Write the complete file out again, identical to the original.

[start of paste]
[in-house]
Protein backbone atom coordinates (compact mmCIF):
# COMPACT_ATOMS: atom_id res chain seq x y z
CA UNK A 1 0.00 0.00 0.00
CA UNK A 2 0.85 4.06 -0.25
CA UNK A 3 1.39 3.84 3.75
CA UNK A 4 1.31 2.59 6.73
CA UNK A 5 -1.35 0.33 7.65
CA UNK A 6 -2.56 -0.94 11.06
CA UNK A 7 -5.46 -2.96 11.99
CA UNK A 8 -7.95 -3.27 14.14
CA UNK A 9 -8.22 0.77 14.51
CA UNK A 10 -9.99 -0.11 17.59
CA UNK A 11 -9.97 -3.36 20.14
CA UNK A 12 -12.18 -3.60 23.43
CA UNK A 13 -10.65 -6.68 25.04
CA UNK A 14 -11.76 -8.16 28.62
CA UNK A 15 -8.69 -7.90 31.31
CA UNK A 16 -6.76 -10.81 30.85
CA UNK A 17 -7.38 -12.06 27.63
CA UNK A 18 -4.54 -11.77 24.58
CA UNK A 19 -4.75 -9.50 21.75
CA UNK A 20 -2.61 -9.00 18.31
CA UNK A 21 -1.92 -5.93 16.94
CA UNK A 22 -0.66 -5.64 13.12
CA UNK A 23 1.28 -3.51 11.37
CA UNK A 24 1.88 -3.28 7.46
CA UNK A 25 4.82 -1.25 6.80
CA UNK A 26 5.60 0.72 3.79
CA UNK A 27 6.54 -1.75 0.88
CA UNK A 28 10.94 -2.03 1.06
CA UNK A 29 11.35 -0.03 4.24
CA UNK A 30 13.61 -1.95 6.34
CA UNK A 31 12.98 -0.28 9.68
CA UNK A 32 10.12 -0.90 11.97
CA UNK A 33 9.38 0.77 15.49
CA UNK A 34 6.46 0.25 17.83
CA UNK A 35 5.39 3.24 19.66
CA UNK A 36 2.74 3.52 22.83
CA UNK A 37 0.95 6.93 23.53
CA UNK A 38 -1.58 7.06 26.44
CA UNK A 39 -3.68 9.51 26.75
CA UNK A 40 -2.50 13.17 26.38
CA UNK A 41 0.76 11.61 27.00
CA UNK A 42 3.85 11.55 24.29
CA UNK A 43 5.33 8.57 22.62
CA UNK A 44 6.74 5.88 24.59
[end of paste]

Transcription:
[in-house]
Protein backbone atom coordinates (compact mmCIF):
# COMPACT_ATOMS: atom_id res chain seq x y z
CA UNK A 1 0.00 0.00 0.00
CA UNK A 2 0.85 4.06 -0.25
CA UNK A 3 1.39 3.84 3.75
CA UNK A 4 1.31 2.59 6.73
CA UNK A 5 -1.35 0.33 7.65
CA UNK A 6 -2.56 -0.94 11.06
CA UNK A 7 -5.46 -2.96 11.99
CA UNK A 8 -7.95 -3.27 14.14
CA UNK A 9 -8.22 0.77 14.51
CA UNK A 10 -9.99 -0.11 17.59
CA UNK A 11 -9.97 -3.36 20.14
CA UNK A 12 -12.18 -3.60 23.43
CA UNK A 13 -10.65 -6.68 25.04
CA UNK A 14 -11.76 -8.16 28.62
CA UNK A 15 -8.69 -7.90 31.31
CA UNK A 16 -6.76 -10.81 30.85
CA UNK A 17 -7.38 -12.06 27.63
CA UNK A 18 -4.54 -11.77 24.58
CA UNK A 19 -4.75 -9.50 21.75
CA UNK A 20 -2.61 -9.00 18.31
CA UNK A 21 -1.92 -5.93 16.94
CA UNK A 22 -0.66 -5.64 13.12
CA UNK A 23 1.28 -3.51 11.37
CA UNK A 24 1.88 -3.28 7.46
CA UNK A 25 4.82 -1.25 6.80
CA UNK A 26 5.60 0.72 3.79
CA UNK A 27 6.54 -1.75 0.88
CA UNK A 28 10.94 -2.03 1.06
CA UNK A 29 11.35 -0.03 4.24
CA UNK A 30 13.61 -1.95 6.34
CA UNK A 31 12.98 -0.28 9.68
CA UNK A 32 10.12 -0.90 11.97
CA UNK A 33 9.38 0.77 15.49
CA UNK A 34 6.46 0.25 17.83
CA UNK A 35 5.39 3.24 19.66
CA UNK A 36 2.74 3.52 22.83
CA UNK A 37 0.95 6.93 23.53
CA UNK A 38 -1.58 7.06 26.44
CA UNK A 39 -3.68 9.51 26.75
CA UNK A 40 -2.50 13.17 26.38
CA UNK A 41 0.76 11.61 27.00
CA UNK A 42 3.85 11.55 24.29
CA UNK A 43 5.33 8.57 22.62
CA UNK A 44 6.74 5.88 24.59